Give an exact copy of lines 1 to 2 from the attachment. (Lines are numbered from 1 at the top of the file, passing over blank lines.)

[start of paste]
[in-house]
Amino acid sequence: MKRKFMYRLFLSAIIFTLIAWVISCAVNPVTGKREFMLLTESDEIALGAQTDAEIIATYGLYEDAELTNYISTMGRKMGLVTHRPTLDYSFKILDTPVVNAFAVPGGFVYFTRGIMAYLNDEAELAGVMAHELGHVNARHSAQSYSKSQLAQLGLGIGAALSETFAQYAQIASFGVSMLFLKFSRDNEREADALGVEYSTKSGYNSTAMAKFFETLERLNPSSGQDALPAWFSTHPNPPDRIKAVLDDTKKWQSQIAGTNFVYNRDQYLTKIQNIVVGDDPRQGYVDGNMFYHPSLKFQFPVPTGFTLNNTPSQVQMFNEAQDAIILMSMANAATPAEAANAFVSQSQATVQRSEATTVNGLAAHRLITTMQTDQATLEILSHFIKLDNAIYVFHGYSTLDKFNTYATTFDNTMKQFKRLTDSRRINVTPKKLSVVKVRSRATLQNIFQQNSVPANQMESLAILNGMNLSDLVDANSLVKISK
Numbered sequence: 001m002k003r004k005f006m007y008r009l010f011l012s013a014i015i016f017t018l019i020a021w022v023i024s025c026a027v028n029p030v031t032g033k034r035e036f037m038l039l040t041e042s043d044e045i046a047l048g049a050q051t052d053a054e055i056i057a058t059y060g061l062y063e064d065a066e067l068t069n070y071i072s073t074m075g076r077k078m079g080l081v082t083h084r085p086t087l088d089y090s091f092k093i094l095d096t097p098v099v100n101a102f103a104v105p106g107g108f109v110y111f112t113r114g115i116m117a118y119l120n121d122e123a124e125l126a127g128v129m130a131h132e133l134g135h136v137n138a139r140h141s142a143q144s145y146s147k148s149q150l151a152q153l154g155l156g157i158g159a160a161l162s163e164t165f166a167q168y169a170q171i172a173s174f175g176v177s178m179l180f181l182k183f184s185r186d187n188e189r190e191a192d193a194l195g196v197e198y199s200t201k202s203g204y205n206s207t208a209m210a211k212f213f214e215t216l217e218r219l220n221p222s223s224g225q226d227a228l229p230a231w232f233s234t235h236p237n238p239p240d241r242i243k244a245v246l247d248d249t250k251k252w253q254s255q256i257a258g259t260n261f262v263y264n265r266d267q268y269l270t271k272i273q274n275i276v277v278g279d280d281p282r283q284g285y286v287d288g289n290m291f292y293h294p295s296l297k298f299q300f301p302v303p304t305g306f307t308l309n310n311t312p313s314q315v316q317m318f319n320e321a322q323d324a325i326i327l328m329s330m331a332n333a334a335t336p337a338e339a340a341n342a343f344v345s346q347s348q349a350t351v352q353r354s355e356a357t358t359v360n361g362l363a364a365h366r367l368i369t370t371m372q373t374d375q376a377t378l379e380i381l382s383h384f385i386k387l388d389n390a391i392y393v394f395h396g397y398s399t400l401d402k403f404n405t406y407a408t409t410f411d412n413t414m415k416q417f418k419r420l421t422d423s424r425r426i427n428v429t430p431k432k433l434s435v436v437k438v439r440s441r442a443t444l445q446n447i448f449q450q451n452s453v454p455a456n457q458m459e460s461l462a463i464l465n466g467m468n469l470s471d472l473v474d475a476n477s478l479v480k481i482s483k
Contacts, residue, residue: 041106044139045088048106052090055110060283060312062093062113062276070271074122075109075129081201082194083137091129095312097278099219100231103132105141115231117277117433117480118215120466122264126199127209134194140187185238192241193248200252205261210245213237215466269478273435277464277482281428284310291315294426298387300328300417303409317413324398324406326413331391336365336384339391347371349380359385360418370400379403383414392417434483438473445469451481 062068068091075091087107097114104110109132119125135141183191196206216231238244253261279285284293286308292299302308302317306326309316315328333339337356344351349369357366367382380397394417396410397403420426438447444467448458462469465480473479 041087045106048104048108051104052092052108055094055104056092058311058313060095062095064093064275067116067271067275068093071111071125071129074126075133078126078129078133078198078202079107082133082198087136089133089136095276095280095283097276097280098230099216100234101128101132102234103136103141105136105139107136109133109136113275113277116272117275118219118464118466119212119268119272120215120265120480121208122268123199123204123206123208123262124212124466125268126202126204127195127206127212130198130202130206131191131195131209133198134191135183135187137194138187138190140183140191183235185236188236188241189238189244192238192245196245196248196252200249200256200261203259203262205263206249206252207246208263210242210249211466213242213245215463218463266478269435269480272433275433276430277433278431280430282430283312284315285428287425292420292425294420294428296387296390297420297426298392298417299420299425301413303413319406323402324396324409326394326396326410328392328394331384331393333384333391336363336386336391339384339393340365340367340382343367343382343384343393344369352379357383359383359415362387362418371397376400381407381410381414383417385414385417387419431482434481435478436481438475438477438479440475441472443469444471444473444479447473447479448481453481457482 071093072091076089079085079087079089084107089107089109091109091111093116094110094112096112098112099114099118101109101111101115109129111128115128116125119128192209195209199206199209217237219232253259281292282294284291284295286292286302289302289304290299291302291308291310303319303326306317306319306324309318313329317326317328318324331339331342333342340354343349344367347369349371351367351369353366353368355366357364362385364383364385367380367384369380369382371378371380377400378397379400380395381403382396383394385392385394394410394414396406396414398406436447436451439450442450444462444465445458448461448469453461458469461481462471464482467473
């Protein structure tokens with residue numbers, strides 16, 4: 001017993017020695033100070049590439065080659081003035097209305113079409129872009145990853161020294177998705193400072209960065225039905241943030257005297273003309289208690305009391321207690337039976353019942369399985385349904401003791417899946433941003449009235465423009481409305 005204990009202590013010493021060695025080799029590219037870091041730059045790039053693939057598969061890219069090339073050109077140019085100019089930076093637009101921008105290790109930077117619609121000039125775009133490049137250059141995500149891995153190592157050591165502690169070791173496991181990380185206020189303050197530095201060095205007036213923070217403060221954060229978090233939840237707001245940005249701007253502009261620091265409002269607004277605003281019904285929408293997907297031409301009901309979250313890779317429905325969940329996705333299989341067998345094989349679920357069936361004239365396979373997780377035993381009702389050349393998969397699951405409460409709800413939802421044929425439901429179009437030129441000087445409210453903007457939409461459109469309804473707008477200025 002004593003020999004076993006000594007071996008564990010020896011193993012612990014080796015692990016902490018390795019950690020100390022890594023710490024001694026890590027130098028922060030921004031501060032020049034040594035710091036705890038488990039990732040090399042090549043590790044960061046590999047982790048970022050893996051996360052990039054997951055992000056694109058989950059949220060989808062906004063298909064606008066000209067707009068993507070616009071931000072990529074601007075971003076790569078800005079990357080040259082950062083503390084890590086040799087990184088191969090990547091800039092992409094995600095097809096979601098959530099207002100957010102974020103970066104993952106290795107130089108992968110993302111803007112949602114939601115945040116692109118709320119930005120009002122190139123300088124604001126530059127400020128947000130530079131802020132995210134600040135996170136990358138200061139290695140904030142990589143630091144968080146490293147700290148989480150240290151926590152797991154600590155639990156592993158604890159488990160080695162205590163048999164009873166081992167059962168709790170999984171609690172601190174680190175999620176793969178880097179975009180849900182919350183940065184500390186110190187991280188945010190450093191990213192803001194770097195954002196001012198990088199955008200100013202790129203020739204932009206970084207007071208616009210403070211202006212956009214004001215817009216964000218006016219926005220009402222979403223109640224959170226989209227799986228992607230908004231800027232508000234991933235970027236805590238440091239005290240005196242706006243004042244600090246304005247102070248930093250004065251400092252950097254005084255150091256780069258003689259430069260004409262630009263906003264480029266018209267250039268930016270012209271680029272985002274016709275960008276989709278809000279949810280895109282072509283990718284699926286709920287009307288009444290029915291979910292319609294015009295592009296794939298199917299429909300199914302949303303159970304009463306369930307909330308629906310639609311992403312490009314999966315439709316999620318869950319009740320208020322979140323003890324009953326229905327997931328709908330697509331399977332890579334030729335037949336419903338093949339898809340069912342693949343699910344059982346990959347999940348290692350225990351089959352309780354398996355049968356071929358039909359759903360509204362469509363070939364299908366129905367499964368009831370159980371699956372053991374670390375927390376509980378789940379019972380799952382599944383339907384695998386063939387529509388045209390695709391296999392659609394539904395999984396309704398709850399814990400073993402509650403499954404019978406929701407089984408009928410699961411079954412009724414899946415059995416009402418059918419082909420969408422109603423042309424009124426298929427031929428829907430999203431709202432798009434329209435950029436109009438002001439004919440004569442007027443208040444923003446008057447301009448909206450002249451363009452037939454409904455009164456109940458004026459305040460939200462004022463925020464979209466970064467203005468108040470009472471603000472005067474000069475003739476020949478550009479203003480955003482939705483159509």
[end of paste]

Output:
[in-house]
Amino acid sequence: MKRKFMYRLFLSAIIFTLIAWVISCAVNPVTGKREFMLLTESDEIALGAQTDAEIIATYGLYEDAELTNYISTMGRKMGLVTHRPTLDYSFKILDTPVVNAFAVPGGFVYFTRGIMAYLNDEAELAGVMAHELGHVNARHSAQSYSKSQLAQLGLGIGAALSETFAQYAQIASFGVSMLFLKFSRDNEREADALGVEYSTKSGYNSTAMAKFFETLERLNPSSGQDALPAWFSTHPNPPDRIKAVLDDTKKWQSQIAGTNFVYNRDQYLTKIQNIVVGDDPRQGYVDGNMFYHPSLKFQFPVPTGFTLNNTPSQVQMFNEAQDAIILMSMANAATPAEAANAFVSQSQATVQRSEATTVNGLAAHRLITTMQTDQATLEILSHFIKLDNAIYVFHGYSTLDKFNTYATTFDNTMKQFKRLTDSRRINVTPKKLSVVKVRSRATLQNIFQQNSVPANQMESLAILNGMNLSDLVDANSLVKISK